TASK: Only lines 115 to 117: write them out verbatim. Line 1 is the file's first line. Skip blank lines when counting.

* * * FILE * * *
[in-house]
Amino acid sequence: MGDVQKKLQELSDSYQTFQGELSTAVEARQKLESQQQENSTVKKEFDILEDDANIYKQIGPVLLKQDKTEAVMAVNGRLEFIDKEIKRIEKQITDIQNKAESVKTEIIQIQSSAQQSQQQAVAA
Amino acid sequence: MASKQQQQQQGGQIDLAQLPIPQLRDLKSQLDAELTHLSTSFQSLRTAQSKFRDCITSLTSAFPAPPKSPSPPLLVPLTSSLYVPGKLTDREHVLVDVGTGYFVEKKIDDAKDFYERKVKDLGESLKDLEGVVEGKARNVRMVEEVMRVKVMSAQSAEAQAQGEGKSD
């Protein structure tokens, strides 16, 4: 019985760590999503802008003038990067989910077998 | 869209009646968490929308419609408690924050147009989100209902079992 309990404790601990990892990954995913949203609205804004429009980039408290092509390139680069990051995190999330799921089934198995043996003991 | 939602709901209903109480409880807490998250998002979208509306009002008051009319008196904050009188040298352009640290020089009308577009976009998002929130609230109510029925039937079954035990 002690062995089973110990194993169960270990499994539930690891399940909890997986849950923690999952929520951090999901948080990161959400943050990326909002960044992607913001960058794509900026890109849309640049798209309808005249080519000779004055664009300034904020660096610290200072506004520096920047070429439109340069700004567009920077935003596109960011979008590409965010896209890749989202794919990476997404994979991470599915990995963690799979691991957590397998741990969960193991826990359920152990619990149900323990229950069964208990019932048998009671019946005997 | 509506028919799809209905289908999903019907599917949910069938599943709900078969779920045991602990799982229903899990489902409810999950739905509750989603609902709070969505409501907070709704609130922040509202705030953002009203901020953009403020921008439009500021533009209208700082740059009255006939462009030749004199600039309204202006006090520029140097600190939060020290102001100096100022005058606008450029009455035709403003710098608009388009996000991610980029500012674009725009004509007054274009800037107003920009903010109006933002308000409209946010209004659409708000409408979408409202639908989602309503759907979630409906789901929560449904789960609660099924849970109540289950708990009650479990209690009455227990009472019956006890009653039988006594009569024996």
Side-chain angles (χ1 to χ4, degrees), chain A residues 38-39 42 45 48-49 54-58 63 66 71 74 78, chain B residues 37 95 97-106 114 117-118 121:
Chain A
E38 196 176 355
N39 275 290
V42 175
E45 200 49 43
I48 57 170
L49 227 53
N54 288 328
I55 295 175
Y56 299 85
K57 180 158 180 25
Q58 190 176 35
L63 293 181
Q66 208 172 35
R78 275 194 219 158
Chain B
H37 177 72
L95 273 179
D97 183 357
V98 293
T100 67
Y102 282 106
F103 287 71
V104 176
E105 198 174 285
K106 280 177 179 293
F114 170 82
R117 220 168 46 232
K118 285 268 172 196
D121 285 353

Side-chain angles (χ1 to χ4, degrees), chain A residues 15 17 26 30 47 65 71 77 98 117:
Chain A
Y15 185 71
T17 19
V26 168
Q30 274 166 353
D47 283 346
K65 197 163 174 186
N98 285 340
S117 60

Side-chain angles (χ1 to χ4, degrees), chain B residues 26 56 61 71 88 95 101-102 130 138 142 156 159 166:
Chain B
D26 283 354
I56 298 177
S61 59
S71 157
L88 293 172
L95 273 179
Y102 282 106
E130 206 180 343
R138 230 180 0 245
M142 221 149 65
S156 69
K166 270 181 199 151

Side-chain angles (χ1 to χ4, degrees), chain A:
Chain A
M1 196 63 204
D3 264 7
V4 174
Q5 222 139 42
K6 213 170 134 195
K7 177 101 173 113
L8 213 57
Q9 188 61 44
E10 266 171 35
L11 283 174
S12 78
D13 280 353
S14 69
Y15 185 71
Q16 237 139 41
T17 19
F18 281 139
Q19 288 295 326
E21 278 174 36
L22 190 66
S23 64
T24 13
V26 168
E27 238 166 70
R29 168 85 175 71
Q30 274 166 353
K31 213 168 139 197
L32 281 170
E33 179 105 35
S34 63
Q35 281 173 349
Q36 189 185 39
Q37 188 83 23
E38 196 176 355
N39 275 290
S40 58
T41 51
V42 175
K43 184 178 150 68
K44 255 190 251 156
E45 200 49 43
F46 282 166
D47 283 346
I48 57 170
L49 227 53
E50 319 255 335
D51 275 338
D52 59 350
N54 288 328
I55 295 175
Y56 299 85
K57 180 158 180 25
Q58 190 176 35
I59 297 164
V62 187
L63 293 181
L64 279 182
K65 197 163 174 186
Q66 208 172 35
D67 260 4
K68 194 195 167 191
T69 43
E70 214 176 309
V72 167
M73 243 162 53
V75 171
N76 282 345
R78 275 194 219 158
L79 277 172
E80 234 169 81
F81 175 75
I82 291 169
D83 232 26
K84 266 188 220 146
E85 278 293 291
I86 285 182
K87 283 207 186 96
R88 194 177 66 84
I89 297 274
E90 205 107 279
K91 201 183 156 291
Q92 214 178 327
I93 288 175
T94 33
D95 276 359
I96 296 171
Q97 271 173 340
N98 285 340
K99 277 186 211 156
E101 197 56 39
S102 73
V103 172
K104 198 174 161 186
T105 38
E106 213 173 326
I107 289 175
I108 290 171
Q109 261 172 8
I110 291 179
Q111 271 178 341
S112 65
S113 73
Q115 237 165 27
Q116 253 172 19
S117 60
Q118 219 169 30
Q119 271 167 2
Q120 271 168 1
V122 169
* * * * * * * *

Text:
I59 297 164
V62 187
L63 293 181